Two land-grant universities in states where Boeing has a large footprint, have launched a pivotal partnership designed to spur shared knowledge and collaboration among the aerospace giant’s future workforce.
Washington State University Everett and South Carolina-based Clemson University formed CATTs (Cougars and Tigers Together) as a joint initiative to better prepare college students for successful careers at Boeing.
The CATTs program kicked off in Everett last week with the arrival of students from Clemson University. They toured Boeing and other advanced manufacturing companies in Snohomish County and work with WSU Everett students designing autonomous cabin disinfection systems for airplanes. Given the recent COVID-19 pandemic, and the potential for future pandemics, rapid and thorough disinfection of airplane cabins is a high priority both for public safety and to manage airline operating costs. The CATTs team will develop a solution that can be deployed during post-flight cleaning that eliminates viral and bacterial contamination and reduces aircraft turnaround time. The project culminates in Spring 2022 when WSU Everett students travel to South Carolina and, along with their Clemson teammates, present their final report to Boeing leaders.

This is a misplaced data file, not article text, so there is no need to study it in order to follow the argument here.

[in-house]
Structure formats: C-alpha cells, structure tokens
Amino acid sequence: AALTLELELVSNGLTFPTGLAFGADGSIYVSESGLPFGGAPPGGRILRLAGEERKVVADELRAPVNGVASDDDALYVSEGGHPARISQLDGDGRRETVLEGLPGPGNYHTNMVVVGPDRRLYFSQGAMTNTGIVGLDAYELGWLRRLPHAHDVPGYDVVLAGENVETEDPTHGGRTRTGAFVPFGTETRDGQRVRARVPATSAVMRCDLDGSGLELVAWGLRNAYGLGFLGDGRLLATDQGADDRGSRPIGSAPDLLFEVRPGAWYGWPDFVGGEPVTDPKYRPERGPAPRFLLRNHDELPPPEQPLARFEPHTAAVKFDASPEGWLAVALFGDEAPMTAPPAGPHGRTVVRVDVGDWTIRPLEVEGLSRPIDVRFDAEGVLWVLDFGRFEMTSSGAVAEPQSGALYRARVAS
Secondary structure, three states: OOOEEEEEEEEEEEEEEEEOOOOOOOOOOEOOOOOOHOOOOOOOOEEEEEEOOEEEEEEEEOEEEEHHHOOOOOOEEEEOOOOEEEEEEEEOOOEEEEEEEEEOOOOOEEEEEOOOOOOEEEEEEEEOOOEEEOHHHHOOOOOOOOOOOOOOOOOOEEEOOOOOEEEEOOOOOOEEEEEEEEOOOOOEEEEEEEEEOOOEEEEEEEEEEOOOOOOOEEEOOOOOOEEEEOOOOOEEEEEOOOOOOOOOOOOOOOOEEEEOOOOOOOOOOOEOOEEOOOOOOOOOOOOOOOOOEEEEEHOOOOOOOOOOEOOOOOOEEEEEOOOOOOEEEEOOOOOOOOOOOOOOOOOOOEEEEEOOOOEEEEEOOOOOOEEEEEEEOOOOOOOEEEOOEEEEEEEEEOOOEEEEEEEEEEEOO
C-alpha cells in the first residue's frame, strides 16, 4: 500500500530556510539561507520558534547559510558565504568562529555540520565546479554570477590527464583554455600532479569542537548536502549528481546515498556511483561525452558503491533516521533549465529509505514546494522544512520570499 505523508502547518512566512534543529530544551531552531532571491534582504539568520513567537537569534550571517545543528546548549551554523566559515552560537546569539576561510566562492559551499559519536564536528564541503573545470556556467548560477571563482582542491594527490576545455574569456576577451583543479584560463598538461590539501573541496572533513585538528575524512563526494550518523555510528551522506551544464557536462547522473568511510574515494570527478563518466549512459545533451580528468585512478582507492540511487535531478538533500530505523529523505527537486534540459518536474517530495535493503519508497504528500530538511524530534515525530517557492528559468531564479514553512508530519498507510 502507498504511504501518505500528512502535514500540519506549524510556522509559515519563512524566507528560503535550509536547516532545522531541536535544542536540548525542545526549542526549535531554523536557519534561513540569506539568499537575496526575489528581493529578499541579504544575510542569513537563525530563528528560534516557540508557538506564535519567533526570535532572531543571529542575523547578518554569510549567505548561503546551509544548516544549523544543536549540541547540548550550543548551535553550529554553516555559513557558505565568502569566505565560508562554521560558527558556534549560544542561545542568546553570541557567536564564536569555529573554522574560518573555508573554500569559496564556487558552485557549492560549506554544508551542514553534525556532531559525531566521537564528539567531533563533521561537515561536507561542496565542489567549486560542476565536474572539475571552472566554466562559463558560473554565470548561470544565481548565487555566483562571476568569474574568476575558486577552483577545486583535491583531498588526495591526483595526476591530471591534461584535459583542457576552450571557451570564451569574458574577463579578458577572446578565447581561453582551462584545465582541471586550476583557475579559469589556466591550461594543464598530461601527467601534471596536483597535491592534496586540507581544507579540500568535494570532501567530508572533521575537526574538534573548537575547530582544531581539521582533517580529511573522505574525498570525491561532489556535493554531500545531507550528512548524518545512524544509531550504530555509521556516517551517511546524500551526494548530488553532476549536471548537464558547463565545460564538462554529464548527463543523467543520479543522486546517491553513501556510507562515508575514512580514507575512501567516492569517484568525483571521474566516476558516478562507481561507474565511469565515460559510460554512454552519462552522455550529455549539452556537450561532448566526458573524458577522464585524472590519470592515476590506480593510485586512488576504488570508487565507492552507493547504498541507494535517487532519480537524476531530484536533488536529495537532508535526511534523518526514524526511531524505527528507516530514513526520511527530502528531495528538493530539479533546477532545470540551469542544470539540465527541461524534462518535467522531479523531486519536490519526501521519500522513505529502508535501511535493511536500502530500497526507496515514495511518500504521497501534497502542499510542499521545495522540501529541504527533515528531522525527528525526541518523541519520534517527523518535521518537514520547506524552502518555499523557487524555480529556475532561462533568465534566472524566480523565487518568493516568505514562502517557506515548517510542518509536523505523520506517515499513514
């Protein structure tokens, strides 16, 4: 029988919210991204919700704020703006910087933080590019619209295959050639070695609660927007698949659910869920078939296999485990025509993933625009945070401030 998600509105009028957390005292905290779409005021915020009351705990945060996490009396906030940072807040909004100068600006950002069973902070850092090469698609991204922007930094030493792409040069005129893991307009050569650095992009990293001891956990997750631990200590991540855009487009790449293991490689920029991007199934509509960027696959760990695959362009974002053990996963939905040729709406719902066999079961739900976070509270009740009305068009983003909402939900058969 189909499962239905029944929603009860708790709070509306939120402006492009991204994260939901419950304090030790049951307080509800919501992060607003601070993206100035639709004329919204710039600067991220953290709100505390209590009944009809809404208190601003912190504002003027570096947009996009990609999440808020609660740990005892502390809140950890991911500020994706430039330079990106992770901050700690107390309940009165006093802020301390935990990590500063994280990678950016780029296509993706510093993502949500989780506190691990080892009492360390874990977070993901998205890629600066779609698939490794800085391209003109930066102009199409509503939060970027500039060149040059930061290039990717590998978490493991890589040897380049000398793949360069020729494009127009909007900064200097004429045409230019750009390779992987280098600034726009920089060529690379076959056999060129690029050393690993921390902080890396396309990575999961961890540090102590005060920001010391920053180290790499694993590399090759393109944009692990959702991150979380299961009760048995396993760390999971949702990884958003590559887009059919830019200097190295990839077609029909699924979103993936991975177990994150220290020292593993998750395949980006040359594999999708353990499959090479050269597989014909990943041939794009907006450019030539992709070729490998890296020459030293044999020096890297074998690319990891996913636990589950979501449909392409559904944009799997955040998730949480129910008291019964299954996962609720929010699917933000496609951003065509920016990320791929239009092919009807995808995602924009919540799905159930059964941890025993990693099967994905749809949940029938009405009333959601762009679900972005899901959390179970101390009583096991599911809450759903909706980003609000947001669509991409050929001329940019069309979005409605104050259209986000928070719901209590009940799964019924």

“We are proud to support students in the states where many of our employees live and work,” said Craig Bomben, vice president of Boeing Flight Operations and Test & Evaluation Design Build. “This unique partnership helps facilitate a robust talent pipeline while helping students fulfill their career ambitions.”
Clemson and WSU share collective strengths in engineering education, global reputation, and land-grant history, and are well-positioned for collaboration due to their close geographic proximity to Boeing’s factories in Everett, Washington and North Charleston, South Carolina. Boeing, which is providing financial support to each school to fund student travel and project expenses, is a large employer of Clemson and WSU graduates.
“At WSU Everett, collaboration is in our DNA,” Chancellor Paul Pitre said. “As we prepare the next generation of aerospace thinkers and leaders – many of whom will work at Boeing – it makes sense to partner and model the kind of creative collaboration our industry partners want.”
“Providing students with opportunities to address real-world challenges through experiential learning is at the core of a Clemson education,” said Provost Bob Jones. “The knowledge and experience these students will gain from the ability to directly interface with Boeing highlight the benefits of industry partnerships in higher education.”
In addition to developing a technical solution, these multidisciplinary teams will develop a business plan and marketing strategy to support product development. Student teams will also engage with younger students (K-12 and college) in their respective communities through various portals to promote STEM education and the value of education.